A raft of top medics have written a letter to The Guardian newspaper condemning the policy of the Chancellor of the Exchequer, George Osborne, toward the National Health Service.
The letter suggests that Osborne’s “front-loaded NHS funds” do not represent extra money, but is in fact merely a forwarding of funds already promised by the Parliament to the NHS.
Medics who have signed the letter point out the statistic that has been reported by the Healthcare Times on numerous occasions previously; namely that the NHS requires an additional £30 billion of funding by 2021.
Yet the Chancellor of the Exchequer has only committed an additional £10 billion at the time of writing, basing efforts to address the funding gap on completely unrealistic expectations of £20 billion of efficiency savings.
According to the signees of this particular letter “this is a frighteningly unrealistic expectation for a health system already among the world’s most efficient. Efficiency savings are fast becoming a euphemism for funding cuts.”
The prospect of funding such incredibly high year-on-year efficiency savings is, at best, incredibly logistically unlikely, and at worst potentially disastrous for the health service.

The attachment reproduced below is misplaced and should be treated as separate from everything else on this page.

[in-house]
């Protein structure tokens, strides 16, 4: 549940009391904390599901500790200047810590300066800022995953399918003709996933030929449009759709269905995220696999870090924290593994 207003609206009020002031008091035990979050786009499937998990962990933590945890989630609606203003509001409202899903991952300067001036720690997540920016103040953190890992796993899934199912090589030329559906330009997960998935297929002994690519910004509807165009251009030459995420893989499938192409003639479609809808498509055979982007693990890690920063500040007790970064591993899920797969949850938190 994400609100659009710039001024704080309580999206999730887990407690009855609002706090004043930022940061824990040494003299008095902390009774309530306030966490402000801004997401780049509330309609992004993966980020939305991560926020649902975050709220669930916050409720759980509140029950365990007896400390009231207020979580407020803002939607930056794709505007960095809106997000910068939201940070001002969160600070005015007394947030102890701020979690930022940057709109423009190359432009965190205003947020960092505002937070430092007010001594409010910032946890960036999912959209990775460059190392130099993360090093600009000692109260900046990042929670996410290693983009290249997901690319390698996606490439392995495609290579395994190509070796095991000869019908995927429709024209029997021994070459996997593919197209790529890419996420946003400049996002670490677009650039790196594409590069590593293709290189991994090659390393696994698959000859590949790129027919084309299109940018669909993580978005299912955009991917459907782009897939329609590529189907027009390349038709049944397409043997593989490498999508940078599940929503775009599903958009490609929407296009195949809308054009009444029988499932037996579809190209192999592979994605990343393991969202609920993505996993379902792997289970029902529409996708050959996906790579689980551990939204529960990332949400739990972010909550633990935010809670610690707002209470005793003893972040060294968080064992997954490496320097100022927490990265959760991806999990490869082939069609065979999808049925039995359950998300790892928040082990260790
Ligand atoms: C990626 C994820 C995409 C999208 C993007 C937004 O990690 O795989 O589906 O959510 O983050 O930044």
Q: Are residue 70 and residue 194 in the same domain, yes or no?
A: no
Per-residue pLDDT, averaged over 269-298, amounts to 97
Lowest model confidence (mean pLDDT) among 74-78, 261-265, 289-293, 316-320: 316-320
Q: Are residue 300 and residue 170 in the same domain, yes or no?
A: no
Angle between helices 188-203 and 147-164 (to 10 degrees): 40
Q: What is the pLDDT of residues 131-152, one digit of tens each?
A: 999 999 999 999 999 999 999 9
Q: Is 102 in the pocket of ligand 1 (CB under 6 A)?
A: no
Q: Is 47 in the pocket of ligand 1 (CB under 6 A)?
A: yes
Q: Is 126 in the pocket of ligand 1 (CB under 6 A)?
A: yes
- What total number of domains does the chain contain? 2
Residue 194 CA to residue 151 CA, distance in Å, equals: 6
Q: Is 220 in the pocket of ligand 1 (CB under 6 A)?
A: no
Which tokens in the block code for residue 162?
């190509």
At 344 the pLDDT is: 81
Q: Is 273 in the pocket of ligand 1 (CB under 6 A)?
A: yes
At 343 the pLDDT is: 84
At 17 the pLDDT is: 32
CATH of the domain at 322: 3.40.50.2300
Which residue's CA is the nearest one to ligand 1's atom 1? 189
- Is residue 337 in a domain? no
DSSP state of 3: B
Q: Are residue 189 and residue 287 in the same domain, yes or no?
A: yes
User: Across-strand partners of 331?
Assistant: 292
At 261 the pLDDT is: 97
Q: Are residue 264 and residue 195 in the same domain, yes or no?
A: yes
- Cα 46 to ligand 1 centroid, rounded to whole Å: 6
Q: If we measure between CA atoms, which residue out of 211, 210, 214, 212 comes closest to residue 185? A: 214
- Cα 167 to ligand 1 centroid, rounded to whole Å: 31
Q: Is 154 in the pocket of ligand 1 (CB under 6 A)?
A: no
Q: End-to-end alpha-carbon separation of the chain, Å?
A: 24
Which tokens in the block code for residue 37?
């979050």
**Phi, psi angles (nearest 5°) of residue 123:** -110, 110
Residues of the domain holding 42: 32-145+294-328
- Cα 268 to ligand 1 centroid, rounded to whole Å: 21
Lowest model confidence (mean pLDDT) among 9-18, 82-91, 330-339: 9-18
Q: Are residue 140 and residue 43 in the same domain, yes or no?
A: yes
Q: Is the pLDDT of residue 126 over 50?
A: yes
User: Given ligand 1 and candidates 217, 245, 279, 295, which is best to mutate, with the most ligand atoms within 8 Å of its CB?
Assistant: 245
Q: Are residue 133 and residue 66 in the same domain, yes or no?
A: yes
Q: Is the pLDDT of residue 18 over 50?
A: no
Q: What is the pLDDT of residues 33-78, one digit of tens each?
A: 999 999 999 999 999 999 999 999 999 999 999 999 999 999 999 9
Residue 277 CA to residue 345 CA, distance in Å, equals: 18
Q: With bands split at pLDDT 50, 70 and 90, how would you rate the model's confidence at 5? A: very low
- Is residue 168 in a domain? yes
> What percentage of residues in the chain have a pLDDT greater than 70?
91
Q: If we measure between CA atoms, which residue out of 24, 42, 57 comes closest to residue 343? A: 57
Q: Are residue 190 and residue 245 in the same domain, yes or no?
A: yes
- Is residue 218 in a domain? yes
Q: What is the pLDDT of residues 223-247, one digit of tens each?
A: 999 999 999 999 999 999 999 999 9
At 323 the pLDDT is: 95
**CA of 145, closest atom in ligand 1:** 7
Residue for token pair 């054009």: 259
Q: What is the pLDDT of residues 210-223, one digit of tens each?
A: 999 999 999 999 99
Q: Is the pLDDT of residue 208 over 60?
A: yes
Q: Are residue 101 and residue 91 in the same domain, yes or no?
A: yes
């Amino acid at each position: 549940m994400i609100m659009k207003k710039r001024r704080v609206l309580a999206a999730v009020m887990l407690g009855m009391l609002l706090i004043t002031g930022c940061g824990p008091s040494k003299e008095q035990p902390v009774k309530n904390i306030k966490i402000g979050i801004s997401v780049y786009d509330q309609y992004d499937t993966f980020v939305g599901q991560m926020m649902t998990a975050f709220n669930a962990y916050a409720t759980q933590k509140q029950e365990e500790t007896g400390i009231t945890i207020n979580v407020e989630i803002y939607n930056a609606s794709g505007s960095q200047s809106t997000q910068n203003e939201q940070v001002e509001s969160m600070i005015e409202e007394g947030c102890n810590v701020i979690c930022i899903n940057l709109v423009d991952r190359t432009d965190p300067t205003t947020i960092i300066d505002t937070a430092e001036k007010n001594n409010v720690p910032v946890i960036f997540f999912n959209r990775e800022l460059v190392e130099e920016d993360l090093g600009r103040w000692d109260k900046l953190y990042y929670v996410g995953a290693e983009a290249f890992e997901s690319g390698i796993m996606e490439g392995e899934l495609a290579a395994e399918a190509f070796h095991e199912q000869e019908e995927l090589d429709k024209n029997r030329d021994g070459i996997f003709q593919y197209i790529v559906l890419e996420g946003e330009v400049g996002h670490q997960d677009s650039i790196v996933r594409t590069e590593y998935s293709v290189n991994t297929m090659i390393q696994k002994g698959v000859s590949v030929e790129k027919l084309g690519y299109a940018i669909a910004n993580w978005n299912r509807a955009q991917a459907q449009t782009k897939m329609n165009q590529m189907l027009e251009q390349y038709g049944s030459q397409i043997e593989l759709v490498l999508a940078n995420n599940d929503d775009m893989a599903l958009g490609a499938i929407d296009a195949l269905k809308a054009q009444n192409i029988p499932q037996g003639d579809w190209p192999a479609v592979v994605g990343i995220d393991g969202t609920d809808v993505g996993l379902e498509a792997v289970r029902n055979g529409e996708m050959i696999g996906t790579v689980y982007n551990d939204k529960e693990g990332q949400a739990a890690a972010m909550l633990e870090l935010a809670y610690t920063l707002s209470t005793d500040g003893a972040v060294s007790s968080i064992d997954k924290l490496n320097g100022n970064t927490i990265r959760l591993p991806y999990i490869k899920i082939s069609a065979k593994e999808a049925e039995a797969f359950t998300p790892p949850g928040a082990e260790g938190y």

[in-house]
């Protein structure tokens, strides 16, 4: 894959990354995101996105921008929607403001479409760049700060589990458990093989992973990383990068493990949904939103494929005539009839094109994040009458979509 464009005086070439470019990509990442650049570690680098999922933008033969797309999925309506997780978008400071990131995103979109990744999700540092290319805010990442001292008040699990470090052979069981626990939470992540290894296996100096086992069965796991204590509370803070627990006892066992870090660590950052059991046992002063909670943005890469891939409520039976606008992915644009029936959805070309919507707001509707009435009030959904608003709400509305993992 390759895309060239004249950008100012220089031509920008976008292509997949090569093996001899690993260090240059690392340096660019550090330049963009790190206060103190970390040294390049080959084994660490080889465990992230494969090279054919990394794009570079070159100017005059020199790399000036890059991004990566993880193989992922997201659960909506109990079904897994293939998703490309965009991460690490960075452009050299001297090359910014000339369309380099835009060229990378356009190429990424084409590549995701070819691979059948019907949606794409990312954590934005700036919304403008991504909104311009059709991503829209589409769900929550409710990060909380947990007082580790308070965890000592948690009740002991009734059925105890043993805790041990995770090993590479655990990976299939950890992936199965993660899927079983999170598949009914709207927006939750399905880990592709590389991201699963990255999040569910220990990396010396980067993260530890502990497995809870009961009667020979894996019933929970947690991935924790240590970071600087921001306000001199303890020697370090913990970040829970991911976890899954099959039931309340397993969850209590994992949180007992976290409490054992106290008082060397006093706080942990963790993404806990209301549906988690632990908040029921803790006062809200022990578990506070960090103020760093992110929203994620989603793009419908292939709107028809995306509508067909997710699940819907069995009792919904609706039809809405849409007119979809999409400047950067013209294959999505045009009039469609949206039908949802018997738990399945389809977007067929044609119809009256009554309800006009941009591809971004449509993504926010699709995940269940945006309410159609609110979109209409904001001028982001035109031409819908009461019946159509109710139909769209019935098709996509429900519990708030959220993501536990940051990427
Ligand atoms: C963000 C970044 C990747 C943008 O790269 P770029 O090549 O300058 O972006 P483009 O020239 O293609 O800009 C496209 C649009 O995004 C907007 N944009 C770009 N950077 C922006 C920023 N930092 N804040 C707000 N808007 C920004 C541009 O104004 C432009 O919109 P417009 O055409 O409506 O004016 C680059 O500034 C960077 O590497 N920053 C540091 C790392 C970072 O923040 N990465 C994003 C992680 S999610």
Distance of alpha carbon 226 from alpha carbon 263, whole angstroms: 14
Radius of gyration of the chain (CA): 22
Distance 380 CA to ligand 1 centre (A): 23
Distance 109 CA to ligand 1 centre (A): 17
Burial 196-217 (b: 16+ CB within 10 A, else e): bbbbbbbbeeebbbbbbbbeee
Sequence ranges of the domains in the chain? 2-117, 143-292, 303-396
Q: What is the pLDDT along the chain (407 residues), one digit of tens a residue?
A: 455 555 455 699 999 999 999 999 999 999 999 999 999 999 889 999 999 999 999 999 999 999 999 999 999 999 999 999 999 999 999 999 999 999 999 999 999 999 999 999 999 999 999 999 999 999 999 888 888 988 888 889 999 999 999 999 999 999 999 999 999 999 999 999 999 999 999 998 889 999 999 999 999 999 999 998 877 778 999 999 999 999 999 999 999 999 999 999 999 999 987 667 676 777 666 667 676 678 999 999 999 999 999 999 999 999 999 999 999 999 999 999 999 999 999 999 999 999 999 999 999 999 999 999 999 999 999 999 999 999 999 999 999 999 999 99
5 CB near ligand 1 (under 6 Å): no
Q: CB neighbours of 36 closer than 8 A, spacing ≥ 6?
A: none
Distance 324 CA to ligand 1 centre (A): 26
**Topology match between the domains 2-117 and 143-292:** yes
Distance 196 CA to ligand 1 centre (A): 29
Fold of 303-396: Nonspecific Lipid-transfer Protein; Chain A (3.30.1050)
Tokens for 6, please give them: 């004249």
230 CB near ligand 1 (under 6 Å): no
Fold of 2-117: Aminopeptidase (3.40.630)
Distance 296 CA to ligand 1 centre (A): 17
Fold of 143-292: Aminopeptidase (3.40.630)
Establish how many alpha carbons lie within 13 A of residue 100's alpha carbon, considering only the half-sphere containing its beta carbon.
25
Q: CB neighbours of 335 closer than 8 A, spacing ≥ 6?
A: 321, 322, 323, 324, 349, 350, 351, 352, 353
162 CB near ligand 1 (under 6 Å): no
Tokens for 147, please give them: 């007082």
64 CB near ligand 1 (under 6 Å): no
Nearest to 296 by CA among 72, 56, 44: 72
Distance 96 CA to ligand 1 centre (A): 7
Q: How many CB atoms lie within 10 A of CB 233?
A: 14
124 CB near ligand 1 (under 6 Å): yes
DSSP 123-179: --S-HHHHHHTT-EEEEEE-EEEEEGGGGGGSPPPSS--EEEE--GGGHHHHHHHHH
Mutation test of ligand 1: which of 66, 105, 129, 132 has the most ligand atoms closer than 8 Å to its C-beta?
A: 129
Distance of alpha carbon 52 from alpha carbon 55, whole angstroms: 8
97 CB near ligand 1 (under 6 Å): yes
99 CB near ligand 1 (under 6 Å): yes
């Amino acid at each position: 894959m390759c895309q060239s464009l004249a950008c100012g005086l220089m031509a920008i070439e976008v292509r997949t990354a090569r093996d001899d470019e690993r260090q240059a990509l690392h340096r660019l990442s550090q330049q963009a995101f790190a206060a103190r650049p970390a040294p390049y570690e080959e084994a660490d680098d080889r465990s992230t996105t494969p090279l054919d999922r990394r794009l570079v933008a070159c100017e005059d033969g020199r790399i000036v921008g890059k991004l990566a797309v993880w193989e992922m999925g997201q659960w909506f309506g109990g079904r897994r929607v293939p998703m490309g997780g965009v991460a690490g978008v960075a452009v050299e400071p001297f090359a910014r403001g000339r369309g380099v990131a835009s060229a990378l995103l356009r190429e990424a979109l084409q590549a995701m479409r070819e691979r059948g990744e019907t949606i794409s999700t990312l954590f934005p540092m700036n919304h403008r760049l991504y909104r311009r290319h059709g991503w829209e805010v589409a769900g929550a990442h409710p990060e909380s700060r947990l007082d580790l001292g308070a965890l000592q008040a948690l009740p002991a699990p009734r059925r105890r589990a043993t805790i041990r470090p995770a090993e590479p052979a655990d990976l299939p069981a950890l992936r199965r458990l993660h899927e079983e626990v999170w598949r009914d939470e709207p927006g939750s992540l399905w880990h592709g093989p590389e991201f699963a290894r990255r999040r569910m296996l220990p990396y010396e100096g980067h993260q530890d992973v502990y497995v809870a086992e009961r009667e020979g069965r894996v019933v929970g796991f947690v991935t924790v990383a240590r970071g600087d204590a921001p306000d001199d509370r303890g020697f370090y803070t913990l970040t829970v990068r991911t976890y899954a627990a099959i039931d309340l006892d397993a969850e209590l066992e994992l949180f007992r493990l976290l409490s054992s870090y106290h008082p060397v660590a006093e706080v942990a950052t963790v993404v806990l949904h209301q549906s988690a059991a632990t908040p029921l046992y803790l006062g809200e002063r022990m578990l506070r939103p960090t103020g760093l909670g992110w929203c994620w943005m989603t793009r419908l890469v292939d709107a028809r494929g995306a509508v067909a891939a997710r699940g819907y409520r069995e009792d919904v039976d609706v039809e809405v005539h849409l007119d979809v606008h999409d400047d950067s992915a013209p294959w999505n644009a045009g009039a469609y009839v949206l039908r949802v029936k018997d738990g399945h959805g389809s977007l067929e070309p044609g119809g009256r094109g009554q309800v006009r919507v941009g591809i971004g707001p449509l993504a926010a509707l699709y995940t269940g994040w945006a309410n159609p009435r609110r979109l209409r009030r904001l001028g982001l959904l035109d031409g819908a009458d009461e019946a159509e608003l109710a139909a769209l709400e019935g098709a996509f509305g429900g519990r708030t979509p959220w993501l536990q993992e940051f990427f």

NHS trusts will be expected to push through a deficit of £2.2 billion this year to avoid compromising patient care through cuts.
The medics signing this open letter are of the belief that it is completely unsafe to expect the same scale of savings between now and the end of the decade.
Indeed, independent experts who have commented on the subject have all agreed that the rapid expansion of non-emergency seven-day services will need extra staff and funding, far from it being feasible to cut everyday expenditure.
Furthermore, NHS England CEO Simon Stevens has specifically said seven-day services would need to be gradually introduced, with “careful and disciplined phasing-in”.
Yet the government has already stated its intention to switch to a so-called seven-day culture in the NHS in the foreseeable future.
The letter notes that no additional funds for this proposal have appeared at the time of writing, indicating that further cuts will be required in order to provide something that the writers of the letter claim is little demanded by the public.
It appears that public health, social care and nursing student grants will all be caught in the near future, as Osborne continues to justify his fiscal plan for the health service.
Finally, the letter notes that the Health Secretary has already promised to work with a cross-party political consensus, along with professionals in the NHS, in order to have an open discussion about the future funding of the health service.
The signees conclude: “As NHS staff and students, we urge him to maintain the spirit of this promise, in open discussion with the professions and other political parties. The safety of the public deserves nothing less.”
The letter was signed by over 75 healthcare professionals.